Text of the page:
How to choose a dog walker you can trust

A look at some tips on how to choose a dog walker you can trust. TIMOTHY A. CLARY/AFP/Getty Images

TORONTO – After days of searching for six missing dogs in Langley, B.C., the pets were found in the back of a dog walker’s vehicle—all dead from heat stroke—and now the subject of an investigation by the SPCA.

Criminal charges are a possibility for young dog walker Emma Paulsen, and the tragedy has many pet owners thinking about the safety of their own four-legged family members.

Alesha MacLellan, co-owner of Petsearchers Canada, said her company does “a lot” of searches for dog walkers and pet sitters.

Petsearchers is a Vancouver area-based company that offers pet search, rescue and recovery services. Petsearchers spokesperson Al MacLellan said Paulsen admitted to him she left the dogs in the back of the truck (after initially reporting the dogs were stolen from the back of her truck).

“It is one of those things where some cities do require licensing, but it’s something we find a lot of time owners don’t do their homework about either,” said MacLellan. “They just sort of assume, ‘Oh it’s a dog walker, they’re going to pick it up, take it for a walk,’ and they don’t really understand all the risks that can be involved that—unfortunately—this tragedy really illustrated.”

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Black and white Boston Terrier Buddy.
Black and white pit bull Mia.
Black and brown Rottweiler / Husky cross Oscar.
One of the six missing dogs: Border Collie Salty. Submitted
Grey Bouvier Poodle cross Teemo.

MacLellan said in terms of insurance and responsibility, her group would be “more than happy to see some sort of licensing body for the dog walking community,” though she emphasized in most of the searches she does for dog walkers, it’s not due to negligence.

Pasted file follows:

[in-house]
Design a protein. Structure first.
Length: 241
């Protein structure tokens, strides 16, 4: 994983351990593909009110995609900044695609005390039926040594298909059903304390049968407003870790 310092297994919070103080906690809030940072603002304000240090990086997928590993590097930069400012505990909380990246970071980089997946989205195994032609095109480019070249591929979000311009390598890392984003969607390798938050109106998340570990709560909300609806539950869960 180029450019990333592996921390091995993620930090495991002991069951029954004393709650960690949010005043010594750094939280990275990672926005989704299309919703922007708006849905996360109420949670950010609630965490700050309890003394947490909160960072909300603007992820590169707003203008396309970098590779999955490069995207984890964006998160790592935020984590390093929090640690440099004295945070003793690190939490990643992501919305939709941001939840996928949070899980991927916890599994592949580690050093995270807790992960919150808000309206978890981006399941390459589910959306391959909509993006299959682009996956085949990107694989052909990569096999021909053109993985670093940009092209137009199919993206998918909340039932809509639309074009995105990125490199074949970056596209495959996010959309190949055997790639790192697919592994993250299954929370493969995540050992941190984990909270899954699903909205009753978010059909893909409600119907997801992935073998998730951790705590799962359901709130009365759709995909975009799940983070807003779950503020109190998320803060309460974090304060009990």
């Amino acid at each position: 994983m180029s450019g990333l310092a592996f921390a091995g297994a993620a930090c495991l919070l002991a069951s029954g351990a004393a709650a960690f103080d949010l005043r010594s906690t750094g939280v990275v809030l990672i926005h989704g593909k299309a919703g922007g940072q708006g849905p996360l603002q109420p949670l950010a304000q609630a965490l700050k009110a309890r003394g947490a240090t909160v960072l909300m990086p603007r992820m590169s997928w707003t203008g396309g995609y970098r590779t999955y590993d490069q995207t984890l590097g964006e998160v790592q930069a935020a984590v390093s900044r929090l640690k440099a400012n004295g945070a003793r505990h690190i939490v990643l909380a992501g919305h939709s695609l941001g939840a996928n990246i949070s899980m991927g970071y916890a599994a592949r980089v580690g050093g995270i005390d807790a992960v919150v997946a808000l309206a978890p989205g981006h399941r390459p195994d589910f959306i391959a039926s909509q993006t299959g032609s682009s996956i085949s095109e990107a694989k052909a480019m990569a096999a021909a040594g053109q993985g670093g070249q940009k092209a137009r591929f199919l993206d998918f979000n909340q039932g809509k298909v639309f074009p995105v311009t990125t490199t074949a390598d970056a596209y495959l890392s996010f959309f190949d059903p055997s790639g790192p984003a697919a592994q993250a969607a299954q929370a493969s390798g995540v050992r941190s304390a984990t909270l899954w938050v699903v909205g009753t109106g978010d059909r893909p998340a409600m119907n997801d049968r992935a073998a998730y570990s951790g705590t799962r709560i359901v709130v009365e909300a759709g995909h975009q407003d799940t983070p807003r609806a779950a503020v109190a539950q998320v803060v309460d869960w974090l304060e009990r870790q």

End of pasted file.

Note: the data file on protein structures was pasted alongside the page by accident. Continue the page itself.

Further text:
“The responsible dog walkers are ones that tend to react fast and ask for help to make sure all bases are covered,” she said.

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Barry Rueger is the owner of Four Legs Good! Canine Services, and also serves as a spokesperson for the North Shore Professional Dog Walking Alliance (NSPDA).

Rueger said there is licensing and regulation for professional dog walkers in both the North and West Vancouver districts, but not all dog owners choose the licensed companies.

“Any licensed company here is paying the district between $750 and $1,000 a year to be licensed to do dog walking, and that tends to raise the bar; it makes the companies a lot more professional,” said Rueger.

“Our organization is about getting the word out there; that if you’re hiring someone to walk your dog, you should be looking for a licensed company, an insured company, a professional company. The problem is we’re competing with unlicensed operators that don’t have those expenses and play fast and loose with the regulations.”

Similar to other Canadian cities with licensing standards like Toronto, you can have a maximum of six dogs as a pro dog walker in the North Shore area.

North Shore Dog Walkers Ltd. said their walkers must also have a vest, use specific trails and keep at least 200 feet distance from other walkers. They also developed a specific training system for their employees that must be completed before the walker can work alone.

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Professional dog walker Jon Lovette plays with dogs on Oct. 19, 2011 in San Francisco, California after a seven-dog restriction was put into force. Justin Sullivan/Getty Images)

Some other tips Rueger’s company suggests to owners selecting dog walkers include:

  • Ask where they walk
  • Find out what training the dog walker has (first aid, dog handling, obedience training)
  • Ask them to describe the group your dog will walk with
  • Find out if the group will be stable (do they take into account the personalities, ages, abilities of each dog when placing them in a group)
  • What kind of vehicle will your dog travel in
  • What happens in an emergency

“It’s tough because it’s one of those businesses you see ads all the time: ‘I’m 20, I’ve lost my job and I’d like to walk some dogs to earn some extra money.’ And people are entrusting their family members with these guys,” said MacLellan.

While it’s true that accidents happen and any caretaker can make an honest mistake, Rueger believes licensed walkers are less prone to such accidents.

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“The licensed operators—because they have so much money invested—they are full-time occupations,” he said. “They’re doing two hikes a day, an hour and a half at a time, five days a week, 52 weeks of the year. So they take it very seriously.”

WATCH: Global News reporter Jill Bennett on the deaths of six dogs who were in the care of a dog walker.

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